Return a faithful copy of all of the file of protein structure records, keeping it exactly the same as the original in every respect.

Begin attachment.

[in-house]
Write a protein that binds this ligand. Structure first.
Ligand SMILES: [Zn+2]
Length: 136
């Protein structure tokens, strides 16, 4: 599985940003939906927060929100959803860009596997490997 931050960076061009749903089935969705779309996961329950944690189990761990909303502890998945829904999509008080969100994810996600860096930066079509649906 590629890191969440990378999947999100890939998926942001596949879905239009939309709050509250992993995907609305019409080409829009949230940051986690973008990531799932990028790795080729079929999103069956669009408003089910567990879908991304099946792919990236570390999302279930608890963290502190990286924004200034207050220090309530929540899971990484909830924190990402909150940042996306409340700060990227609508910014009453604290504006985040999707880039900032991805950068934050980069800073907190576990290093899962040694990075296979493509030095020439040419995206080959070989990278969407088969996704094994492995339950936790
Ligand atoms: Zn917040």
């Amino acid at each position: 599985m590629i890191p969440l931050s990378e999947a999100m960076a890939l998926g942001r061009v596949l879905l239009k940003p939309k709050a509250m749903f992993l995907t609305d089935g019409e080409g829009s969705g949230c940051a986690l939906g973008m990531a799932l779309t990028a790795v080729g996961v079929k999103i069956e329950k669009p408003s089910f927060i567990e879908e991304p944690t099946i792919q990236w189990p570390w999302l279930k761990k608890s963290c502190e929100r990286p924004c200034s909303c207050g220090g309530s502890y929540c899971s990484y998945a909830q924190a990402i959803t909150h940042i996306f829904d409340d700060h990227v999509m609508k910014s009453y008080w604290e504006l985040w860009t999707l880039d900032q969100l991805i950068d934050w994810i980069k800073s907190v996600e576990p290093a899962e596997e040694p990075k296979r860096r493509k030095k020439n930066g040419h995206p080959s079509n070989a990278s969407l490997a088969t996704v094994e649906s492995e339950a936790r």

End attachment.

[in-house]
Write a protein that binds this ligand. Structure first.
Ligand SMILES: [Zn+2]
Length: 136
């Protein structure tokens, strides 16, 4: 599985940003939906927060929100959803860009596997490997 931050960076061009749903089935969705779309996961329950944690189990761990909303502890998945829904999509008080969100994810996600860096930066079509649906 590629890191969440990378999947999100890939998926942001596949879905239009939309709050509250992993995907609305019409080409829009949230940051986690973008990531799932990028790795080729079929999103069956669009408003089910567990879908991304099946792919990236570390999302279930608890963290502190990286924004200034207050220090309530929540899971990484909830924190990402909150940042996306409340700060990227609508910014009453604290504006985040999707880039900032991805950068934050980069800073907190576990290093899962040694990075296979493509030095020439040419995206080959070989990278969407088969996704094994492995339950936790
Ligand atoms: Zn917040």
């Amino acid at each position: 599985m590629i890191p969440l931050s990378e999947a999100m960076a890939l998926g942001r061009v596949l879905l239009k940003p939309k709050a509250m749903f992993l995907t609305d089935g019409e080409g829009s969705g949230c940051a986690l939906g973008m990531a799932l779309t990028a790795v080729g996961v079929k999103i069956e329950k669009p408003s089910f927060i567990e879908e991304p944690t099946i792919q990236w189990p570390w999302l279930k761990k608890s963290c502190e929100r990286p924004c200034s909303c207050g220090g309530s502890y929540c899971s990484y998945a909830q924190a990402i959803t909150h940042i996306f829904d409340d700060h990227v999509m609508k910014s009453y008080w604290e504006l985040w860009t999707l880039d900032q969100l991805i950068d934050w994810i980069k800073s907190v996600e576990p290093a899962e596997e040694p990075k296979r860096r493509k030095k020439n930066g040419h995206p080959s079509n070989a990278s969407l490997a088969t996704v094994e649906s492995e339950a936790r």